News & Ideas  -  Anti-LGBTQ+ Violence and Authoritarianism: Defending Democracy Must Be Inclusive

Defending Inclusive Democracy From Many, We Maura Casey

By Maura Casey 

Nex Benedict, a nonbinary high-school student, collapsed and died February 8, 2024, the day after a fight in their school’s bathroom in Owassa, Oklahoma. The incident sparked widespread outrage and has reignited a painful overdue national conversation about societal attitudes amid an upsurge in legal campaigns trying to restrict LGBTQ+ rights. The rising violence and hostile rhetoric toward the LGBTQ+ population and other vulnerable groups continue to highlight the growing danger to American democracy. 

Anti-LGBTQ+ Sentiment and Hate Are on the Rise 

Hate crimes reported to the FBI trended downward through 2020 but have spiked in recent years, particularly in the 28 states that have passed laws targeting those who identify as LGBTQ+. Calls to national suicide and crisis hotlines have soared. From 2015-2019, an average of 108 crimes were reported against transgender people at schools per year. But in 2021 and 2022, the annual number rose to an average of 232. Apart from school incidents, more violent crimes have occurred against the LGBTQ+ community across the country. Fatalities have risen from 47 in 2022 to 53 in 2023, according to the National Center for Transgender Equality. 

Hateful rhetoric and violence against groups that are perceived by some to be outside the norm are as old as America itself. But in the last eight years, hate crimes have doubled against Black Americans, Jewish Americans, those who are LGBTQ+, and other minorities. The number of reported hate crimes rose to more than 11,000 in 2022, which is double the number from 2014.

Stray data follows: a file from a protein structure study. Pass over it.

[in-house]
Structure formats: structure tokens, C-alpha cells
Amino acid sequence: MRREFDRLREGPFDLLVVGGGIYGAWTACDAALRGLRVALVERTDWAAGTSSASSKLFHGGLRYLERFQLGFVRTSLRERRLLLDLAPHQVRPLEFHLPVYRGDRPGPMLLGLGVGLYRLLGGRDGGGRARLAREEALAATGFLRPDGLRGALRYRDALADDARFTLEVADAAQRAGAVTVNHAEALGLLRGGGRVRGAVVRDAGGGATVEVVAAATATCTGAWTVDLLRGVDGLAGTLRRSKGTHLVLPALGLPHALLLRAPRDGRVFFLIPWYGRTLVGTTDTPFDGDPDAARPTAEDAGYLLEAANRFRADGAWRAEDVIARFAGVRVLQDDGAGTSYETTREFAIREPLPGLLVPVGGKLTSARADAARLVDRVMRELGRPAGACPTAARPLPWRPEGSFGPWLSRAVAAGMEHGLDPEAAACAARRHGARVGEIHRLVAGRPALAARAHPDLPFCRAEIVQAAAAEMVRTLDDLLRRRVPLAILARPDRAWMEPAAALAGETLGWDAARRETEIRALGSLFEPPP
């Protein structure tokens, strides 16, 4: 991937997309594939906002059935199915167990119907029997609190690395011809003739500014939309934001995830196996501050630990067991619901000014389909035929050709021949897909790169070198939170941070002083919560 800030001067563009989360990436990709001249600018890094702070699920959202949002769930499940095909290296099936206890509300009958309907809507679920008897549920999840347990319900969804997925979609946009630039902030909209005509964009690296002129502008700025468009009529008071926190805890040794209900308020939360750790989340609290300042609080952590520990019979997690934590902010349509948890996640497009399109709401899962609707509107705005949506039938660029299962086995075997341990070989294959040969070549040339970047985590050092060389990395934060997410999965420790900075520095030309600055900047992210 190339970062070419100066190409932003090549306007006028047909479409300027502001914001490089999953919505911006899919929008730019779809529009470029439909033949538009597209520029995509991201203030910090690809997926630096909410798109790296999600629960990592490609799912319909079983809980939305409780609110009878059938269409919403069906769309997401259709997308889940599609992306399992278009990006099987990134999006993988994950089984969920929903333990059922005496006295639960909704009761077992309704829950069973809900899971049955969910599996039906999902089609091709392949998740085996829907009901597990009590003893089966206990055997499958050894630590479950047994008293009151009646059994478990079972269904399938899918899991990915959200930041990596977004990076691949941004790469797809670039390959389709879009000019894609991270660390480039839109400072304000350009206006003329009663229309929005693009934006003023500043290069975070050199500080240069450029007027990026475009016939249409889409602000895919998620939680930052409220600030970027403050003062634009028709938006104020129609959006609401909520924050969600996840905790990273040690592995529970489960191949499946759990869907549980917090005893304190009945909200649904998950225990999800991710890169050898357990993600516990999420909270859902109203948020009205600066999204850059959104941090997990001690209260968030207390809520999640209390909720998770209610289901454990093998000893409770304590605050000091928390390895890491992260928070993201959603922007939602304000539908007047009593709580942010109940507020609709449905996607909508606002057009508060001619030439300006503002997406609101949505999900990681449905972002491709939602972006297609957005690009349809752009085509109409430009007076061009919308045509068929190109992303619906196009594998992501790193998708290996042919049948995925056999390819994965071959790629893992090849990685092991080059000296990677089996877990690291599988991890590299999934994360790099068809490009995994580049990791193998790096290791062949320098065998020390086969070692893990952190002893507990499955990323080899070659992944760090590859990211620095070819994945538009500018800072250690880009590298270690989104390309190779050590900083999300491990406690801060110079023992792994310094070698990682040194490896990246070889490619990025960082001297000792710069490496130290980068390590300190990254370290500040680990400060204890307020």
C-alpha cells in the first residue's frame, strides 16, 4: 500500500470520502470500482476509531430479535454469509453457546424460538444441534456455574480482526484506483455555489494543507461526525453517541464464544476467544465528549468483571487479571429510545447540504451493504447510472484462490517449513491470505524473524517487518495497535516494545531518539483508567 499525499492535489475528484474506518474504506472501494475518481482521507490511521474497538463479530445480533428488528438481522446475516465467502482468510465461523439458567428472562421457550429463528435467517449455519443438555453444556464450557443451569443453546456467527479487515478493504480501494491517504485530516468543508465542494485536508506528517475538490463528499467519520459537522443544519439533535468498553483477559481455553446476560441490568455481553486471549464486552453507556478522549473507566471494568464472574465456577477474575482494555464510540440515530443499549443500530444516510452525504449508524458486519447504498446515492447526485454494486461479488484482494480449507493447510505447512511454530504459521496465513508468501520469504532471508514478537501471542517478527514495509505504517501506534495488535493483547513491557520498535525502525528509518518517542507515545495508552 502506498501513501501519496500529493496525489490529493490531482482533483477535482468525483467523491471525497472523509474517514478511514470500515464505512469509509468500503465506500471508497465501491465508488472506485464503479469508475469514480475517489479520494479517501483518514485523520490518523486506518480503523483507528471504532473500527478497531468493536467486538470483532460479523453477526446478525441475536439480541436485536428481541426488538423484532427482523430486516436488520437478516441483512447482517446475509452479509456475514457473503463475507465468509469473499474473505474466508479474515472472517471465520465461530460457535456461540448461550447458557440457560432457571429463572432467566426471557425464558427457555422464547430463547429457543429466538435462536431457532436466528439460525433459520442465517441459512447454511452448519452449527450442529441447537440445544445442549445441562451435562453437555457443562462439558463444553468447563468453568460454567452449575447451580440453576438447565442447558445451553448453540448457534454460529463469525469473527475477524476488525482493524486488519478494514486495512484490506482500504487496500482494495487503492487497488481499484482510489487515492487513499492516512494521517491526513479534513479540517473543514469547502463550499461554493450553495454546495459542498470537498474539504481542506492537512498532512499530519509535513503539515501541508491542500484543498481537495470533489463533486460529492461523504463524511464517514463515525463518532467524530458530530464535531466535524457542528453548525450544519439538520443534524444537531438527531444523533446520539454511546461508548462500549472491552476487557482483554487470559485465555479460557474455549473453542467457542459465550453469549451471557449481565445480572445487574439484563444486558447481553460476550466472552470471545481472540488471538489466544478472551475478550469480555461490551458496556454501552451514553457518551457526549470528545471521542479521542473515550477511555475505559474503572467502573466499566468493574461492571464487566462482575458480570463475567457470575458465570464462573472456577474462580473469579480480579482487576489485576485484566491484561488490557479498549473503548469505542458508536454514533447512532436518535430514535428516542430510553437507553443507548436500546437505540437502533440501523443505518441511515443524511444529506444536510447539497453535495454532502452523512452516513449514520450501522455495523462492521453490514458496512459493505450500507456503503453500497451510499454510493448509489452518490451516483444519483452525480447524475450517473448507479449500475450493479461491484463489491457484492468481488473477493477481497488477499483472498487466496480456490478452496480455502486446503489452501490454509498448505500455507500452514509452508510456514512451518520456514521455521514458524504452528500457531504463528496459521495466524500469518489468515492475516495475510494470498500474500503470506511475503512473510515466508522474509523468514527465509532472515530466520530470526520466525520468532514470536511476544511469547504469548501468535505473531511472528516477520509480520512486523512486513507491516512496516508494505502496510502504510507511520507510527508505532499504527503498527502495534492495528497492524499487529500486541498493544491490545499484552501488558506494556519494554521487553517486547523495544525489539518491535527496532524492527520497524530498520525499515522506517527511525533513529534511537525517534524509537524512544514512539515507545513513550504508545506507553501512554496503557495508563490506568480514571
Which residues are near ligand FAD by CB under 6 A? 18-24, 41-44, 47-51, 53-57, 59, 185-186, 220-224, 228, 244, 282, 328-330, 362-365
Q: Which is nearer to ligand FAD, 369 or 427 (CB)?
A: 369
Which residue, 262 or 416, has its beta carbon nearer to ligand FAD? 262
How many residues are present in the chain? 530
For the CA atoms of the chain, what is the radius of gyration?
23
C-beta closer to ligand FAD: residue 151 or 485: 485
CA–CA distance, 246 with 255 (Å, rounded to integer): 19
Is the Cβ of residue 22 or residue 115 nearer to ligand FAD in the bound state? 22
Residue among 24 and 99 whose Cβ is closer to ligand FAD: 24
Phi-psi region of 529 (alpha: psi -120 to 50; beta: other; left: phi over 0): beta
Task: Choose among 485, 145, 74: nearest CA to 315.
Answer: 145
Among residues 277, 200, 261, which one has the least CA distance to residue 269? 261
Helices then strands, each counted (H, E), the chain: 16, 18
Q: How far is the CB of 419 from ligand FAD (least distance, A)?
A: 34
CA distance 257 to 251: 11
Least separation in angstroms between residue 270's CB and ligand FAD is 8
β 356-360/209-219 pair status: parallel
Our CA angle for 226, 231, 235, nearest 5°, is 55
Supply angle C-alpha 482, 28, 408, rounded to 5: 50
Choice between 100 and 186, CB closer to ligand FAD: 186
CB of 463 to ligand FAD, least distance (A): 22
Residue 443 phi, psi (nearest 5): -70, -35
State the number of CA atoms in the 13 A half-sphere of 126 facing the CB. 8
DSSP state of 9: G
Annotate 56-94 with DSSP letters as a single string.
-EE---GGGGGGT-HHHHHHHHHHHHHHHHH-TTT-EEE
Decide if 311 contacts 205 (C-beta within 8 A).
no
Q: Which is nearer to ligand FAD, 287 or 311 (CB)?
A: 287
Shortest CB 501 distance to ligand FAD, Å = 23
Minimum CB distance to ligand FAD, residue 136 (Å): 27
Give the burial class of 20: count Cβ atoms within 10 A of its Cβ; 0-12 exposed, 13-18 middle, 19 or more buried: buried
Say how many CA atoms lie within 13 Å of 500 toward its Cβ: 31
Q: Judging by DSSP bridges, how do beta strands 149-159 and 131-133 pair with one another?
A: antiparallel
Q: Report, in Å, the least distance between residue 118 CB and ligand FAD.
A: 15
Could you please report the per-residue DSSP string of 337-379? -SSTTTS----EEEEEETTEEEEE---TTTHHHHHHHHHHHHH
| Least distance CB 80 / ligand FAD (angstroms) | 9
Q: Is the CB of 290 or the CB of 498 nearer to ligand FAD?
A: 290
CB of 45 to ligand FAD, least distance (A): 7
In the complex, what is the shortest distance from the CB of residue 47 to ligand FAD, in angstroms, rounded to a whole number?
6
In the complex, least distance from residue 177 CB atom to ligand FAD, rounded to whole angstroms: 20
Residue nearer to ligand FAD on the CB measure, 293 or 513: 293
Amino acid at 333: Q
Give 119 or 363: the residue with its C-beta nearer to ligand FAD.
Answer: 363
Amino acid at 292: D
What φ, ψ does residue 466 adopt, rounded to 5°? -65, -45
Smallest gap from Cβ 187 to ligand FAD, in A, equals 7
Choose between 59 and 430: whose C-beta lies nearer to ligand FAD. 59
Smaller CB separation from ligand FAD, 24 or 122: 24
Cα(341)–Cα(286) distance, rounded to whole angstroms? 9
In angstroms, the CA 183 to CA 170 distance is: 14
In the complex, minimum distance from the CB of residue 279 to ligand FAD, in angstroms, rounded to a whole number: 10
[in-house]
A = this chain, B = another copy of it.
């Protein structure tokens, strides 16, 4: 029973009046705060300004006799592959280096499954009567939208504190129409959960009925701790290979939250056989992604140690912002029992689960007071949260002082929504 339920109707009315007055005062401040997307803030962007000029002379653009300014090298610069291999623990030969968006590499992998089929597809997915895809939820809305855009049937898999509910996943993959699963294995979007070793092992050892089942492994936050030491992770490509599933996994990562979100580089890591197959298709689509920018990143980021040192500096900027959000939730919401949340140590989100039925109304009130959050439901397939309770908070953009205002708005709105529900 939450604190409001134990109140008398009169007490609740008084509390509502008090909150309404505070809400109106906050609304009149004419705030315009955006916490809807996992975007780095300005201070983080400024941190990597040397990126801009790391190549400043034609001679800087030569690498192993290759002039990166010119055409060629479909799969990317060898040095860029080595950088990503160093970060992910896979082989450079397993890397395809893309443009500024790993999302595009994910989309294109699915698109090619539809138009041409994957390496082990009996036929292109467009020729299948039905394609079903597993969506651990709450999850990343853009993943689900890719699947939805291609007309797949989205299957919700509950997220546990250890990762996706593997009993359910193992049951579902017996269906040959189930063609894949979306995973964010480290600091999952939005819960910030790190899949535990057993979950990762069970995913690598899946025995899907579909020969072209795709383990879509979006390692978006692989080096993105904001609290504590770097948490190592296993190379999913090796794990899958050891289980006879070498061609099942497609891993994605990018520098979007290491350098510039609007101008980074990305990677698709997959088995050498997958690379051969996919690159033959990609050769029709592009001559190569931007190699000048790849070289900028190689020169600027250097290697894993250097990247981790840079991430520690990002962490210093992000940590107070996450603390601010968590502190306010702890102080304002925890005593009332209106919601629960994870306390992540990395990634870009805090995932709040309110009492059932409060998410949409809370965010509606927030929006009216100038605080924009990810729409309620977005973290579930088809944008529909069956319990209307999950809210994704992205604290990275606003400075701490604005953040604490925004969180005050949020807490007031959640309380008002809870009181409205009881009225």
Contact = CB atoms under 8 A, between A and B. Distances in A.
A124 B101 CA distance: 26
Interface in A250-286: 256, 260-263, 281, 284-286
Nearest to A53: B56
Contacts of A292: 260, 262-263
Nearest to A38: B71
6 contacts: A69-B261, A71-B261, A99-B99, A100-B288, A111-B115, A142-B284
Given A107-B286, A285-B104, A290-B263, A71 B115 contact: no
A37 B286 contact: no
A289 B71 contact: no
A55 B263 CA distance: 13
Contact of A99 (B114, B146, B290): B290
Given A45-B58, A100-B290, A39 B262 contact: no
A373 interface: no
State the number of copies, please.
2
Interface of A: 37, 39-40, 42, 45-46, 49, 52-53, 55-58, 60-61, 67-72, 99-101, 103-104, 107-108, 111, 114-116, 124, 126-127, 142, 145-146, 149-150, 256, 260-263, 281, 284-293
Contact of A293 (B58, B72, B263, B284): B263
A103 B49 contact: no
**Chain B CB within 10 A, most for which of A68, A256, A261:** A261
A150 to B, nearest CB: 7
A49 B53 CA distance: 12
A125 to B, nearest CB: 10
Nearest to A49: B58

Legislative Campaigns Target LGBTQ+ Rights 

Oklahoma, Benedict’s home state, has been focused on fighting the acceptance of trans people. Last year, Oklahoma’s state legislature proposed 40 bills aimed at blocking gender-affirming care, banning the discussion of gender orientation in the classroom, and blocking changes to gender on birth certificates, among other issues. In 2024, more than 50 bills were proposed, according to the Oklahoman, the daily newspaper of Oklahoma City. Most proposals did not advance and will not be eligible for a vote this year. 

Yet Oklahoma is far from being alone in the anti-transgender stances of its public officials or its legislature’s zeal to fashion laws that curb transgender and nonbinary rights. Hundreds of proposals targeting LGBTQ+ people are under consideration across the country, and many have passed. The rise in violent rhetoric and incidents last year corresponded to the incredible number of over 500 anti-transgender bills introduced in legislatures across the country, according to American Civil Liberties Union data. This is more than the total number of anti-trans bills introduced in the previous five years, according to the 2023 Remembrance Report and the Trans Legislation Tracker, a website that tracks anti-trans legislation nationwide. Laws banning gender-affirming care have passed in more than 20 states. The rise in the introduction and passage of proposals targeting LGBTQ+ individuals kept pace with the rise of antidemocratic, Christian nationalist rhetoric coming from the extreme right-wing of the Republican Party. These laws endanger all who identify as LGBTQ+. As the bullying and hatred are escalating, democracy as a whole is also threatened.